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France aims to expand digital health nationwide

March 1, 2023
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Why this is important to Wisconsin businesses: The government is investing in new research and technologies, opening potential doors for collaboration with health technology companies in Wisconsin.

People in France are rapidly embracing technology as part of health care.

Digital health—which ranges from wearable health devices and mobile health apps to telemedicine—is expected to grow significantly in the coming years in France. The COVID-19 pandemic made it a lot easier for the public to access health care online and to monitor their own health conditions electronically. In addition, many of France’s residents are adopting healthier lifestyles and seeking to improve their well-being.

Digital therapeutics also are becoming more mainstream, with regulatory approvals and reimbursement rates established. The French digital health market is projected to top $3 billion in 2023, with a compound annual growth rate of 7.3% through 2027, according to Statista. The largest market segment is expected to be digital fitness and well-being, with revenue projected to reach $1.8 billion this year.

The French government is likely to accelerate that trend, with its €650 million ($713 million USD) investment in a national digital health strategy, announced in October 2021 as part of the country’s Health Innovation 2030 plan. According to Euractiv Media Network, a large chunk of the funding will go toward research and innovation in areas such as prevention, teleconsultations, surgical robotics, or medical devices based on artificial intelligence. The money will also be used to train health care professionals and to expand digital health throughout France.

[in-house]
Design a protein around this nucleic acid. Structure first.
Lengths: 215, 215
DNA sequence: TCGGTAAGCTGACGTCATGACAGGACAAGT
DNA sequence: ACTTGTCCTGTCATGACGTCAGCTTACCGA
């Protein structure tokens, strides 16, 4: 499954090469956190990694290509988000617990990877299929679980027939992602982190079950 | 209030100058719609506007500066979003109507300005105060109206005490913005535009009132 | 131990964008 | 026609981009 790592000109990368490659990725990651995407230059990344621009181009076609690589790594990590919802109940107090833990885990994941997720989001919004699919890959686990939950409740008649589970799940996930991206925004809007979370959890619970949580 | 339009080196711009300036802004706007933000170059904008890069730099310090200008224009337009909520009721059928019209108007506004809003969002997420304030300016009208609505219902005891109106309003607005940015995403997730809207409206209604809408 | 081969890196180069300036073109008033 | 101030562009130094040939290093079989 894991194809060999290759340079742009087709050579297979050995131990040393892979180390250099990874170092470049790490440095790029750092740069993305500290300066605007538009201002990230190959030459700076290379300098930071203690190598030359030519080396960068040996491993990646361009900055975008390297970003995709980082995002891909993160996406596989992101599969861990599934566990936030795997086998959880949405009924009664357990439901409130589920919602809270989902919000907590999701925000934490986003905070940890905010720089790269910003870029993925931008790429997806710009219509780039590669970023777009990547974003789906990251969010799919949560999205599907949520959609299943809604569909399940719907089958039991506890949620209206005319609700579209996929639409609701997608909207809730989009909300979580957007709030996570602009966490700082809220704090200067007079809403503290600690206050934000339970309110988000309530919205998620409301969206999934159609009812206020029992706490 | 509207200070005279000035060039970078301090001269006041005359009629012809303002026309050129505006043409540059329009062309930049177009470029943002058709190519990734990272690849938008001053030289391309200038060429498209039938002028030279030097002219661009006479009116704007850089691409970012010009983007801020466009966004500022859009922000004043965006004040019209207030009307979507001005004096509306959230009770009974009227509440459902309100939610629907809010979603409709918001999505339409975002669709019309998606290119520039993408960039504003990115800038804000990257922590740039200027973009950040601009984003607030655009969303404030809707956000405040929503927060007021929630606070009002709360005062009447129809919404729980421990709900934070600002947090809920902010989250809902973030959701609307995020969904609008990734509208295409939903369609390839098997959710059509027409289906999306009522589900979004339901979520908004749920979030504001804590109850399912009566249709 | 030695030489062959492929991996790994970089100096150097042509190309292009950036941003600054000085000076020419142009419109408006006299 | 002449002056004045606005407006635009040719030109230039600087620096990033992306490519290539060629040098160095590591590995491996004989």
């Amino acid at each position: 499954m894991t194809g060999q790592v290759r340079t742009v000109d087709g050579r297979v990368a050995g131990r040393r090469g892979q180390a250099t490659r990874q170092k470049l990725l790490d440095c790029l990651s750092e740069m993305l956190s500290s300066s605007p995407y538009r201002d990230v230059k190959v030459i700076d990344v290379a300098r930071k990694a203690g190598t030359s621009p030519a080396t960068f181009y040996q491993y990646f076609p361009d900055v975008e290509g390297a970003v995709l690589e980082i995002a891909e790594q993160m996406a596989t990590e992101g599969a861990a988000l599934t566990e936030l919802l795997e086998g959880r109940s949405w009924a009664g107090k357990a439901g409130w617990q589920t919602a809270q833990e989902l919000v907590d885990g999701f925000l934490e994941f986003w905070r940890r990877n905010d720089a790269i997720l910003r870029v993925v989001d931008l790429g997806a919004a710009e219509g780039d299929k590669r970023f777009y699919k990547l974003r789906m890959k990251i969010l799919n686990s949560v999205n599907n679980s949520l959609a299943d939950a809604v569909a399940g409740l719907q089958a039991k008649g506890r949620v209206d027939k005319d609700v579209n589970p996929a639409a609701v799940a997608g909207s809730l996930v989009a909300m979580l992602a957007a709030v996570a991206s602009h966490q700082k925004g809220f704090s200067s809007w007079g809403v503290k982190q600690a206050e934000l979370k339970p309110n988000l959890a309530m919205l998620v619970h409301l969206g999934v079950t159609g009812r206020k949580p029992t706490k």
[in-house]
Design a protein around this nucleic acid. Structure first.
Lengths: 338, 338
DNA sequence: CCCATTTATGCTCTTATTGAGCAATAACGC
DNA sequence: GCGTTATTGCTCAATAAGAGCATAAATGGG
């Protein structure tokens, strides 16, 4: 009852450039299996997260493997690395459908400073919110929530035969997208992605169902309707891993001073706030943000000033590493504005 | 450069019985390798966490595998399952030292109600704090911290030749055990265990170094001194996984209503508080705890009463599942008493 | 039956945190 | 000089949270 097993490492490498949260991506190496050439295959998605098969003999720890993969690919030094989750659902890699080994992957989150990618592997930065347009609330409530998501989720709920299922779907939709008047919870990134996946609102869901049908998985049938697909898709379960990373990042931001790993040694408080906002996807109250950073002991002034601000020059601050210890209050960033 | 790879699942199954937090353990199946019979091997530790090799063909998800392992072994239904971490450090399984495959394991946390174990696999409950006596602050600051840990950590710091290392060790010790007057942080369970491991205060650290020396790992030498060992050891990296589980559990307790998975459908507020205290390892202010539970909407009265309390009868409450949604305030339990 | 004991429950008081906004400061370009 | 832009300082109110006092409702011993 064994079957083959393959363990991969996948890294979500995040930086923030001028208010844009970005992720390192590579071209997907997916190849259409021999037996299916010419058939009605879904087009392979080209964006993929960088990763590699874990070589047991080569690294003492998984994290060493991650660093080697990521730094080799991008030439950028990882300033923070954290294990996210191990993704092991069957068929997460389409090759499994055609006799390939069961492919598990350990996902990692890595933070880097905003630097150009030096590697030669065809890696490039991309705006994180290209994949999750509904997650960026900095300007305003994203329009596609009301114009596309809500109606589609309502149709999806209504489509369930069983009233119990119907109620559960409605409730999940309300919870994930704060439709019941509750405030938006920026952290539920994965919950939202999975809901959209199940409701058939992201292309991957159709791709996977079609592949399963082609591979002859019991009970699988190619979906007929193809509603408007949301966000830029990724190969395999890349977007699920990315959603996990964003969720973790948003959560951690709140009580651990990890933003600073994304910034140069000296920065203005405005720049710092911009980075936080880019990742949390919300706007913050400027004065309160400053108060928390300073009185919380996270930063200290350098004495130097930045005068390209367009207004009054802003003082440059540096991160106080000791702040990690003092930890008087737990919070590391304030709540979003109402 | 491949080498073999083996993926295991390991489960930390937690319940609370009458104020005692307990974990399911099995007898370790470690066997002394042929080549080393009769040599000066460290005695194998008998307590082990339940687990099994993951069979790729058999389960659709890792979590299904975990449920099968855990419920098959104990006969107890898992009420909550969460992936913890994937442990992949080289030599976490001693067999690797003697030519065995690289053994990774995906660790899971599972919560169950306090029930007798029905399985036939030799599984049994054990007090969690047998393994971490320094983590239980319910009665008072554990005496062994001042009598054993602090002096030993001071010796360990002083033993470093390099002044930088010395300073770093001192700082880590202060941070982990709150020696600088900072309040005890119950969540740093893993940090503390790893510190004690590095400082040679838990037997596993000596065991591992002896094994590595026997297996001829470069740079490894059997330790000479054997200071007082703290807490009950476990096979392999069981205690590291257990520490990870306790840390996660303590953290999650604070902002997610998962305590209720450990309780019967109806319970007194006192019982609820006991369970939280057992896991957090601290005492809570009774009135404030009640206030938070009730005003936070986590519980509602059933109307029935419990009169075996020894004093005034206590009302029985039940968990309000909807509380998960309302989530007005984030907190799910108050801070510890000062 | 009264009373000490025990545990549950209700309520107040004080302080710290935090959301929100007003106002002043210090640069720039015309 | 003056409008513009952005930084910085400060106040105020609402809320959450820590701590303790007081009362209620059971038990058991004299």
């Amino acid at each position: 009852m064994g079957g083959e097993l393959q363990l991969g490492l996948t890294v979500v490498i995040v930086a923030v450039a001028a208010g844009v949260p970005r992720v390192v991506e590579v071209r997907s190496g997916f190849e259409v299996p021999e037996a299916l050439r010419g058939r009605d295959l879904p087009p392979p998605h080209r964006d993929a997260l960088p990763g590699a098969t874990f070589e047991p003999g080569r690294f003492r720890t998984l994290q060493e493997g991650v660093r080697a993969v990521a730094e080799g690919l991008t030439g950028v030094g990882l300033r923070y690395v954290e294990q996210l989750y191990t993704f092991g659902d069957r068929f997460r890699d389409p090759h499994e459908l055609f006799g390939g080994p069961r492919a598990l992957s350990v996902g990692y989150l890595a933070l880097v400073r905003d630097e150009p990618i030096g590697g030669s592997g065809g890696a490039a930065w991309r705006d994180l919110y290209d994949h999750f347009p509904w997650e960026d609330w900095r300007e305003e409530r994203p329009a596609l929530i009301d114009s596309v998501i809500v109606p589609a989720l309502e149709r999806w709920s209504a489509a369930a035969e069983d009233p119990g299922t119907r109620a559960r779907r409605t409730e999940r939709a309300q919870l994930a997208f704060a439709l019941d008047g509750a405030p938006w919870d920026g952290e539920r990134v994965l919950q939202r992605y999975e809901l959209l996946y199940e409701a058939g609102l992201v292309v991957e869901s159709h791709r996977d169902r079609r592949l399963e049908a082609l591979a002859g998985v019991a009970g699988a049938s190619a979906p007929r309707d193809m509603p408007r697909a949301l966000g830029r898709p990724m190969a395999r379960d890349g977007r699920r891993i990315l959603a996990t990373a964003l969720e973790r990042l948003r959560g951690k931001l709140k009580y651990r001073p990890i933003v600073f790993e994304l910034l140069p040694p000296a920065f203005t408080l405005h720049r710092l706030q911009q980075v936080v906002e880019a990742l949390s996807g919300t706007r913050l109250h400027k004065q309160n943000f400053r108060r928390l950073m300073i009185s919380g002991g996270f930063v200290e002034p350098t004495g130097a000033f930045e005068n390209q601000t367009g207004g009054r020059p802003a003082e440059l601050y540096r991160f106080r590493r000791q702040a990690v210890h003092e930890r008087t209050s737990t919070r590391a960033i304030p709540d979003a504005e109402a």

France already has seen significant growth in health care startups, with more than 60 of them launching each year. The sector expects €40 billion ($44 billion USD) in annual revenue with 130,000 jobs to be created by 2030.

More than 600 companies are considered part of France’s health tech industry in a broad range of fields—immunotherapy, surgical robots, big data, and more.

Software for screening and diagnostics is considered one of the most advanced areas among France’s digital health companies. That includes companies such as Avicenna, which is developing artificial intelligence solutions for emergency radiology; BioSerenity, whose devices diagnose and monitor people with chronic diseases; Omini, with a portable, rapid blood-testing device; and LAB2U, with blood tests administered by a nurse at a patient’s home.

Wisconsin companies in digital health areas may find opportunities for collaboration and sales to encourage France’s investment in health technologies.

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